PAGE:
Exactly how such historical objects are mounted, contextualized, and lit is of paramount importance in exhibitions of this nature and the Jamaican version of Jamaica, Jamaica lacks the visual and narrative cohesion and immersive quality of the Paris original. The feeble attempts at creating a unifying “vibe,” such as throwing in some bold, flag-inspired, diagonally separated colours on a few accent walls and using exhibition graphics inspired by vintage Sassafras Dancehall posters did not help to cover up these deficiencies. Instead of being engaging, and inviting conversation and diverse perspectives, the exhibition provides a rather pedantic from-top-down “lesson” about its subject, which is not how such exhibitions ought to be curated at a supposedly progressive, twenty-first century museum. Surely, it cannot be that Jamaica is not capable of representing its own culture with the same acumen and imagination that others have brought to the subject.

The point is that representing Jamaican music in a museum or exhibition context cannot be guided by a didactic, academic vision. It takes specialist technical skills, and a good measure of curatorial imagination, to exhibit any kind of music in a way which is academically sound but also compelling and engaging. Jamaican music cannot be represented in the same way as, say, French Baroque music; it needs to be represented in a way that is informed by the energy, subversiveness, and theatricality of Jamaican culture, which is and has always been “broader than Broadway” and defiant of the conventions and dictates of “Babylon”. It is very disappointing, given the unique opportunity the exhibition represents, that the curators of the Jamaican edition of Jamaica, Jamaica edition did not rise to that occasion.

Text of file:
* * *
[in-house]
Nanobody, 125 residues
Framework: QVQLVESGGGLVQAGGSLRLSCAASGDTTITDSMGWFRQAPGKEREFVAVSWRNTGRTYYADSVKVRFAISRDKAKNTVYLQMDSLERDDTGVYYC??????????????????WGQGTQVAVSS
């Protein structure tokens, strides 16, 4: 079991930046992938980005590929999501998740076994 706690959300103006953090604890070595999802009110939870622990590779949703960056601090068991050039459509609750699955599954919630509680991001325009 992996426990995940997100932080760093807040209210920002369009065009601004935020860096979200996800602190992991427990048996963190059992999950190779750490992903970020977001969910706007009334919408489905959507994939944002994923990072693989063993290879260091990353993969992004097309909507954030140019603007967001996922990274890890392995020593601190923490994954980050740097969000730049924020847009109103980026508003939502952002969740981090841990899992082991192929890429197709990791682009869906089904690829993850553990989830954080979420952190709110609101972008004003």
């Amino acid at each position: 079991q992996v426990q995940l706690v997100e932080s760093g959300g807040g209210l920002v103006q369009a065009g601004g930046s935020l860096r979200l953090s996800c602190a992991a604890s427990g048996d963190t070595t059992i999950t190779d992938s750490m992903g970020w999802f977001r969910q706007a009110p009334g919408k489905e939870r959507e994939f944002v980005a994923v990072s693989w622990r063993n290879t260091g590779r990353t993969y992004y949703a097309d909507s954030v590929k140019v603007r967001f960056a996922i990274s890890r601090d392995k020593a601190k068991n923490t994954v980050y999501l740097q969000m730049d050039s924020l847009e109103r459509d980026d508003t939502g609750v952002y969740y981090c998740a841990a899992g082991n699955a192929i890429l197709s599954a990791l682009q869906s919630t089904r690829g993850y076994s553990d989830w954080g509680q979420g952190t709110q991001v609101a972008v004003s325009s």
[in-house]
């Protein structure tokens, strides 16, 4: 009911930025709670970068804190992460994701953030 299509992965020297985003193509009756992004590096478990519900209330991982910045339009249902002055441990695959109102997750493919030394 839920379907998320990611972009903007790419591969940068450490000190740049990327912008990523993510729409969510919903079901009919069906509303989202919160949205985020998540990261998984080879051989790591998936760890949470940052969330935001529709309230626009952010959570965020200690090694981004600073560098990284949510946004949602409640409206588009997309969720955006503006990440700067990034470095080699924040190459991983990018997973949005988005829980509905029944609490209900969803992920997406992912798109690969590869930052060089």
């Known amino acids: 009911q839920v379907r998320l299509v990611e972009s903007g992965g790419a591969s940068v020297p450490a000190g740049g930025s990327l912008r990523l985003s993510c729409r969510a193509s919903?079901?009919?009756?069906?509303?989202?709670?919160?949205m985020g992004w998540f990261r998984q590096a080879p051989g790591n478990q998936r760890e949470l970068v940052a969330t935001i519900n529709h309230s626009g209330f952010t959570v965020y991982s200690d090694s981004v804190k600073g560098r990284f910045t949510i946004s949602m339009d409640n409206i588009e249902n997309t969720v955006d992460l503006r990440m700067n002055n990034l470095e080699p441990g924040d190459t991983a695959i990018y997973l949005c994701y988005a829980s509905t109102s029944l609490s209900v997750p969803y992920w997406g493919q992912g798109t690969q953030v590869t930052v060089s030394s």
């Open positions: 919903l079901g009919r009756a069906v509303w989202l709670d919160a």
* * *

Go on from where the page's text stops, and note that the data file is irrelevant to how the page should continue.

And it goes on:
If it is to be successful and sustainable, the Jamaica Music Museum needs to acquire the requisite skills and develop a curatorial language to exhibit Jamaican music which is appropriate and effective in the local context and which will speak to international audiences as well, without succumbing to the lure of the exotic and the stereotypical. In fact, it should seek to position itself as the institution to provide the international curatorial and critical leadership that is so needed in this specialist field. I can only hope that the powers that be will understand the urgencies and opportunities that arise from this, and finally provide the Jamaica Music Museum with the resources it needs. Given the contribution of the music industry to Jamaica’s economy, this should not be beyond reach.

Note: An error was made in the first part of this article, which was published on October 10. The correct opening hours of the National Gallery of Jamaica in Kingston are, until further notice: Tuesdays to Friday, from 10 am to 12 noon and from 1 pm to 3 pm, not 4 pm.

Dr Veerle Poupeye is an art historian specialized in art from the Caribbean. She lectures at the Edna Manley College of the Visual and Performing Arts in Kingston, Jamaica, and works as an independent curator, writer, researcher, and cultural consultant. Her personal blog can be found at veerlepoupeye.com.